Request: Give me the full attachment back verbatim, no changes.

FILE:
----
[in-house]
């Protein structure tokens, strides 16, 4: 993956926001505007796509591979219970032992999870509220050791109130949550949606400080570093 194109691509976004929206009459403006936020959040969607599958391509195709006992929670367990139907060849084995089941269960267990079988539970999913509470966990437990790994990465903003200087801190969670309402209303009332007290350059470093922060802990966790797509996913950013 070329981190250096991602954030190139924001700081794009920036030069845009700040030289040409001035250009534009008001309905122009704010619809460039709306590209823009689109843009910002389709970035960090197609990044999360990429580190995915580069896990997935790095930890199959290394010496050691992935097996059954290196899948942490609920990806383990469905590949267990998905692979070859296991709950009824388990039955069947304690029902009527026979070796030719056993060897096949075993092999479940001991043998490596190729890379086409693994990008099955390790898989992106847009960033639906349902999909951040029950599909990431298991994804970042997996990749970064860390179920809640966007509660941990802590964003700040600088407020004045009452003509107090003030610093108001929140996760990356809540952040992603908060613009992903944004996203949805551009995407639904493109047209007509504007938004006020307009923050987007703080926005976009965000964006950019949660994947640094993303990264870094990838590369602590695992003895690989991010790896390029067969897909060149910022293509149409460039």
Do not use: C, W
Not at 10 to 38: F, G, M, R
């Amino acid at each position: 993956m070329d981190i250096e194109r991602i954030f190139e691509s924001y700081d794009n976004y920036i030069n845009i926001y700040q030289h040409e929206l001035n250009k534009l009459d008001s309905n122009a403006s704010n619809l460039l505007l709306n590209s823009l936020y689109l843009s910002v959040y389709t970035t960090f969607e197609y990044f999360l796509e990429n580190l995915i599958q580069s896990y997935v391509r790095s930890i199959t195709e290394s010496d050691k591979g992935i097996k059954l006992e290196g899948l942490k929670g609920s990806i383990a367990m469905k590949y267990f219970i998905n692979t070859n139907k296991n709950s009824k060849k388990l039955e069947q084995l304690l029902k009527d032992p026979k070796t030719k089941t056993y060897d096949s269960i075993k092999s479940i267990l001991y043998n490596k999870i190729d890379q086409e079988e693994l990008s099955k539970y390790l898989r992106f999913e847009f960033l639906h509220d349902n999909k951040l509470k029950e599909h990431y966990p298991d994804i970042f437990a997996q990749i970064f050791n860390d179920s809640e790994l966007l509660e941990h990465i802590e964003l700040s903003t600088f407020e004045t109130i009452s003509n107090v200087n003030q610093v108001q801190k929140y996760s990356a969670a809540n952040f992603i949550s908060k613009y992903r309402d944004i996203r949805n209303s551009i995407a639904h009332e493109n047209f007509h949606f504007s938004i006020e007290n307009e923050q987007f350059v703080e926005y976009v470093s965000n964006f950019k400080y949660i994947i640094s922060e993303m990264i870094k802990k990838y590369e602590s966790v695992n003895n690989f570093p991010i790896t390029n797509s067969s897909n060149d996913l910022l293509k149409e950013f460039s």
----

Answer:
[in-house]
């Protein structure tokens, strides 16, 4: 993956926001505007796509591979219970032992999870509220050791109130949550949606400080570093 194109691509976004929206009459403006936020959040969607599958391509195709006992929670367990139907060849084995089941269960267990079988539970999913509470966990437990790994990465903003200087801190969670309402209303009332007290350059470093922060802990966790797509996913950013 070329981190250096991602954030190139924001700081794009920036030069845009700040030289040409001035250009534009008001309905122009704010619809460039709306590209823009689109843009910002389709970035960090197609990044999360990429580190995915580069896990997935790095930890199959290394010496050691992935097996059954290196899948942490609920990806383990469905590949267990998905692979070859296991709950009824388990039955069947304690029902009527026979070796030719056993060897096949075993092999479940001991043998490596190729890379086409693994990008099955390790898989992106847009960033639906349902999909951040029950599909990431298991994804970042997996990749970064860390179920809640966007509660941990802590964003700040600088407020004045009452003509107090003030610093108001929140996760990356809540952040992603908060613009992903944004996203949805551009995407639904493109047209007509504007938004006020307009923050987007703080926005976009965000964006950019949660994947640094993303990264870094990838590369602590695992003895690989991010790896390029067969897909060149910022293509149409460039």
Do not use: C, W
Not at 10 to 38: F, G, M, R
């Amino acid at each position: 993956m070329d981190i250096e194109r991602i954030f190139e691509s924001y700081d794009n976004y920036i030069n845009i926001y700040q030289h040409e929206l001035n250009k534009l009459d008001s309905n122009a403006s704010n619809l460039l505007l709306n590209s823009l936020y689109l843009s910002v959040y389709t970035t960090f969607e197609y990044f999360l796509e990429n580190l995915i599958q580069s896990y997935v391509r790095s930890i199959t195709e290394s010496d050691k591979g992935i097996k059954l006992e290196g899948l942490k929670g609920s990806i383990a367990m469905k590949y267990f219970i998905n692979t070859n139907k296991n709950s009824k060849k388990l039955e069947q084995l304690l029902k009527d032992p026979k070796t030719k089941t056993y060897d096949s269960i075993k092999s479940i267990l001991y043998n490596k999870i190729d890379q086409e079988e693994l990008s099955k539970y390790l898989r992106f999913e847009f960033l639906h509220d349902n999909k951040l509470k029950e599909h990431y966990p298991d994804i970042f437990a997996q990749i970064f050791n860390d179920s809640e790994l966007l509660e941990h990465i802590e964003l700040s903003t600088f407020e004045t109130i009452s003509n107090v200087n003030q610093v108001q801190k929140y996760s990356a969670a809540n952040f992603i949550s908060k613009y992903r309402d944004i996203r949805n209303s551009i995407a639904h009332e493109n047209f007509h949606f504007s938004i006020e007290n307009e923050q987007f350059v703080e926005y976009v470093s965000n964006f950019k400080y949660i994947i640094s922060e993303m990264i870094k802990k990838y590369e602590s966790v695992n003895n690989f570093p991010i790896t390029n797509s067969s897909n060149d996913l910022l293509k149409e950013f460039s």